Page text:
clock menu more-arrow no yes

Filed under:

Despite experience, Nebraska QB Tommy Armstrong remains an enigma

New, 1 comment

The Nebraska quarterback has some serious flaws in his game that Ohio State should exploit.

Nebraska v Wisconsin Photo by Mike McGinnis/Getty Images

Nebraska’s Tommy Armstrong and Ohio State’s J.T. Barrett both have some positives, but their differences give the nod to the Buckeye signal-caller. Both are pass first quarterbacks who give opposing defenses fits as dual-threats with their legs and athleticism. If something breaks down in the pocket or they need a play in short yardage, both are capable of making a play and converting on the ground.

Although both are pass first quarterbacks, they both possess their flaws as passers too. Barrett has struggled with deep ball accuracy and has a tendency to not go through his progressions at times. For positives, Barrett has a calm and comfortable approach to the passing game, which limits turnovers and always puts the team in a good chance to win the game. Armstrong on the other hand, has a tendency to throw off his back foot when facing pressure and forces balls into tight coverage. Armstrong possesses the stronger arm, but has thrown an incredible 43 interceptions in 1,095 attempts, compared to Barrett’s 18 interceptions in 688 attempts.

The Nebraska defense and coaching staff feels confident about facing Barrett, since they have faced Armstrong in practice for the past four seasons.

“It is almost the same skill set,” NU defensive tackle Kevin Maurice said. “They are very athletic, and when they can, they are going to get out. It helps us a lot that we have been facing Tommy a lot.”

Nebraska coach Mike Riley shared a similar sentiment.

“We spent a lot of time defensively, obviously, with some of the same basic fundamental parts of versatile quarterbacks, all the run-pass option stuff, the run-run option stuff,” Riley said. “So we hope that we get that work in those times, with our best players going against each other. One of the big goals there is to make it not seem so unfamiliar when you’re playing a guy like J.T. all of a sudden.”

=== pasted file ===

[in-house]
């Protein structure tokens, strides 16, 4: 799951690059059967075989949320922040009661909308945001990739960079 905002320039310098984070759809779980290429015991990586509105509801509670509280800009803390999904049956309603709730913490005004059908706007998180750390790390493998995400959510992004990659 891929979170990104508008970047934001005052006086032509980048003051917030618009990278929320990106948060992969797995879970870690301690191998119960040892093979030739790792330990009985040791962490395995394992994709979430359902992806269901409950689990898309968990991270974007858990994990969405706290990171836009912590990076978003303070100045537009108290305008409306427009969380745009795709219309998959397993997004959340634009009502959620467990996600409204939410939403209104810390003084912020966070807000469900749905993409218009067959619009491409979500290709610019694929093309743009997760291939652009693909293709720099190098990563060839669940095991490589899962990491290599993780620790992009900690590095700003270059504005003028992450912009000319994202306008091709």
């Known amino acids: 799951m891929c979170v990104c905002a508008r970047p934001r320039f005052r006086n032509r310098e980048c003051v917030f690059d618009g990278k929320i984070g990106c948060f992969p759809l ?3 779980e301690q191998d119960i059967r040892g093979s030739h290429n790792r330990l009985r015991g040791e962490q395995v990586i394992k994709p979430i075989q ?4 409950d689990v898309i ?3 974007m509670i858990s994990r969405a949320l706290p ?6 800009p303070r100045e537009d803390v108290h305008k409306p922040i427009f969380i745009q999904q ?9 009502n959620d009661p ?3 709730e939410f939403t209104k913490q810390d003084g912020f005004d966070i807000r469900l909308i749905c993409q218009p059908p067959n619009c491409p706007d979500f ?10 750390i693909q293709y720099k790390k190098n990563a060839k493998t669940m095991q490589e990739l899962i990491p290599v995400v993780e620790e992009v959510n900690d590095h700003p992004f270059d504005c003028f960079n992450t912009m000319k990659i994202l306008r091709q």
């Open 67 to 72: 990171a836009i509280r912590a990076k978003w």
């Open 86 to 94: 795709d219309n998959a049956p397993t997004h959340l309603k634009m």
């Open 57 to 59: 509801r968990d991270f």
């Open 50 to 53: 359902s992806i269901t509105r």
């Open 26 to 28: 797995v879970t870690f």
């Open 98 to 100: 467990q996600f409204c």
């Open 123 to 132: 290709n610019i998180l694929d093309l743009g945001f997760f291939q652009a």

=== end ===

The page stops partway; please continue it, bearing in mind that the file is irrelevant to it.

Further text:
Armstrong has had a strong senior season. He threw three touchdowns to zero interceptions in a 35-32 victory over Oregon, and entering last week’s game against Wisconsin, he had thrown only five interceptions on the season. His turnovers have been down and he’s been a key to Nebraska’s No. 10 College Football Playoff ranking.

Last week the ‘Huskers traveled to Wisconsin, where Armstrong faced his toughest test of the season. Unfortunately they fell to the Badgers in overtime, and Armstrong showed cracks in his armor, which the Ohio State defense could potentially exploit.

Tommy Armstrong scouting report vs Wisconsin:

Armstrong dropped back 31 times against Wisconsin. He completed 10 passes and had 17 passes that fell to the turf. The biggest thing that Armstrong showed is that he is very, very uncomfortable when he faces pressure. Sure, the majority of quarterbacks suffer when they face pressure, but Armstrong’s mechanics breakdown quickly and he typically throws off his back foot -- resulting in an inaccurate throw or a batted down pass at the line of scrimmage. Armstrong stands at 6’1, which is short for a pocket passing quarterback, but four batted passes at the line of scrimmage is too much.